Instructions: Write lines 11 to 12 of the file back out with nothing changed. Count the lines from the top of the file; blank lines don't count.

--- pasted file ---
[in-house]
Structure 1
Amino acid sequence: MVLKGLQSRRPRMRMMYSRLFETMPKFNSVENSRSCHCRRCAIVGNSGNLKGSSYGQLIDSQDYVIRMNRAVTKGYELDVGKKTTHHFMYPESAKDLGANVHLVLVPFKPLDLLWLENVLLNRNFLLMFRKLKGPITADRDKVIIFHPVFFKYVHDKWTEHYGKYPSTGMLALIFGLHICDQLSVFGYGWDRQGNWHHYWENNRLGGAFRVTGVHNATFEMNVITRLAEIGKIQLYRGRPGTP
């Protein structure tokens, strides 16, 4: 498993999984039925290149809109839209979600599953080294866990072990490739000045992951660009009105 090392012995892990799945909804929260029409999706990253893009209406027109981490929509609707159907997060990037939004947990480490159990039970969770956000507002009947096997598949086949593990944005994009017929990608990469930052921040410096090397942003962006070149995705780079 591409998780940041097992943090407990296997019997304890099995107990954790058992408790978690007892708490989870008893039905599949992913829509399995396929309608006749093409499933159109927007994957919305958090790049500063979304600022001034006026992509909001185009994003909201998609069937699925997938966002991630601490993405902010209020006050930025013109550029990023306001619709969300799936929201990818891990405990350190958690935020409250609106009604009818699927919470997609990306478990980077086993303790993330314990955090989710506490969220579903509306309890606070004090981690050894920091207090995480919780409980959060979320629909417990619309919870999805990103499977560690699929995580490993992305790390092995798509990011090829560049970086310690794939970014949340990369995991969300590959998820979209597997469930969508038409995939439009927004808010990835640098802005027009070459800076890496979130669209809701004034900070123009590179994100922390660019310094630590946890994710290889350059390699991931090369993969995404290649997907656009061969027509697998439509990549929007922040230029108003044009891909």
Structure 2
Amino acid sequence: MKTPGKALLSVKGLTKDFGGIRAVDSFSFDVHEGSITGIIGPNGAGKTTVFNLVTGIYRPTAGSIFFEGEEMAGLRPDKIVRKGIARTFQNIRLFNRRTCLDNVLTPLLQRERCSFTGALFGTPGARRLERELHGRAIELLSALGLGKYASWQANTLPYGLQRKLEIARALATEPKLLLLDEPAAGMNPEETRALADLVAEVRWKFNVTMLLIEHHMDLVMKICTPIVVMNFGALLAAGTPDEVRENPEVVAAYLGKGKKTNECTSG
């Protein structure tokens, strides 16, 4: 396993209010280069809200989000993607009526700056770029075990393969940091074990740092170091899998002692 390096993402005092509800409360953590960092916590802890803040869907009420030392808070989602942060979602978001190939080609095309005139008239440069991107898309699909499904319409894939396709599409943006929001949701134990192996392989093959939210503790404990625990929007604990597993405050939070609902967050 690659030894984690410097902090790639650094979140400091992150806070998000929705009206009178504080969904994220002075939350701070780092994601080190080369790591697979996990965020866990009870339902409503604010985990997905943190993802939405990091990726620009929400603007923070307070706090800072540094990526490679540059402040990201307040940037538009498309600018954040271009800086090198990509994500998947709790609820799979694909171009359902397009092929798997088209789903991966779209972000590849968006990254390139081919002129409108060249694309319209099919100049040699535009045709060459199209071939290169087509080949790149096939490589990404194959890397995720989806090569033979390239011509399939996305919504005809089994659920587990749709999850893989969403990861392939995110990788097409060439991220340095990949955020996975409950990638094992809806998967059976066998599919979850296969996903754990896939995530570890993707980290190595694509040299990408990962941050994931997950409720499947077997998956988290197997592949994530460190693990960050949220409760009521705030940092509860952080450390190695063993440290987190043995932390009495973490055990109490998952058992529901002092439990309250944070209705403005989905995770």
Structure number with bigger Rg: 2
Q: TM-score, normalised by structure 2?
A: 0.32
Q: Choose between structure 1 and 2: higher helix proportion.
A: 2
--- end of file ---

Q: Choose between structure 1 and 2: higher helix proportion.
A: 2